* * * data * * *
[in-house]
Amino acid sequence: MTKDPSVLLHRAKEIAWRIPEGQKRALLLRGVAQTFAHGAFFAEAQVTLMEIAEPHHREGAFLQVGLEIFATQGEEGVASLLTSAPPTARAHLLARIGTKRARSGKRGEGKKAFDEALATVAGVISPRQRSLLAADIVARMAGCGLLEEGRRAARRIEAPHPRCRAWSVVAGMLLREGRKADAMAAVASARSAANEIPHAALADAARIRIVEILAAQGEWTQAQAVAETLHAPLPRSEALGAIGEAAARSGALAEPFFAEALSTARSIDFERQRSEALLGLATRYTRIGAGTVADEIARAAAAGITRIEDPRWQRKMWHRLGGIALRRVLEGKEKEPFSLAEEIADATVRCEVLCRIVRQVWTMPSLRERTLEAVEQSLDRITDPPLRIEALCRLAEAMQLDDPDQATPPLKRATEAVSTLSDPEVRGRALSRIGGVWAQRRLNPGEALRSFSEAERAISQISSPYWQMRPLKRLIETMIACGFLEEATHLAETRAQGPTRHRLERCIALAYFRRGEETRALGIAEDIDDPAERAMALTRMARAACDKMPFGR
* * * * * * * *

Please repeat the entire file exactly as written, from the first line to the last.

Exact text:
[in-house]
Amino acid sequence: MTKDPSVLLHRAKEIAWRIPEGQKRALLLRGVAQTFAHGAFFAEAQVTLMEIAEPHHREGAFLQVGLEIFATQGEEGVASLLTSAPPTARAHLLARIGTKRARSGKRGEGKKAFDEALATVAGVISPRQRSLLAADIVARMAGCGLLEEGRRAARRIEAPHPRCRAWSVVAGMLLREGRKADAMAAVASARSAANEIPHAALADAARIRIVEILAAQGEWTQAQAVAETLHAPLPRSEALGAIGEAAARSGALAEPFFAEALSTARSIDFERQRSEALLGLATRYTRIGAGTVADEIARAAAAGITRIEDPRWQRKMWHRLGGIALRRVLEGKEKEPFSLAEEIADATVRCEVLCRIVRQVWTMPSLRERTLEAVEQSLDRITDPPLRIEALCRLAEAMQLDDPDQATPPLKRATEAVSTLSDPEVRGRALSRIGGVWAQRRLNPGEALRSFSEAERAISQISSPYWQMRPLKRLIETMIACGFLEEATHLAETRAQGPTRHRLERCIALAYFRRGEETRALGIAEDIDDPAERAMALTRMARAACDKMPFGR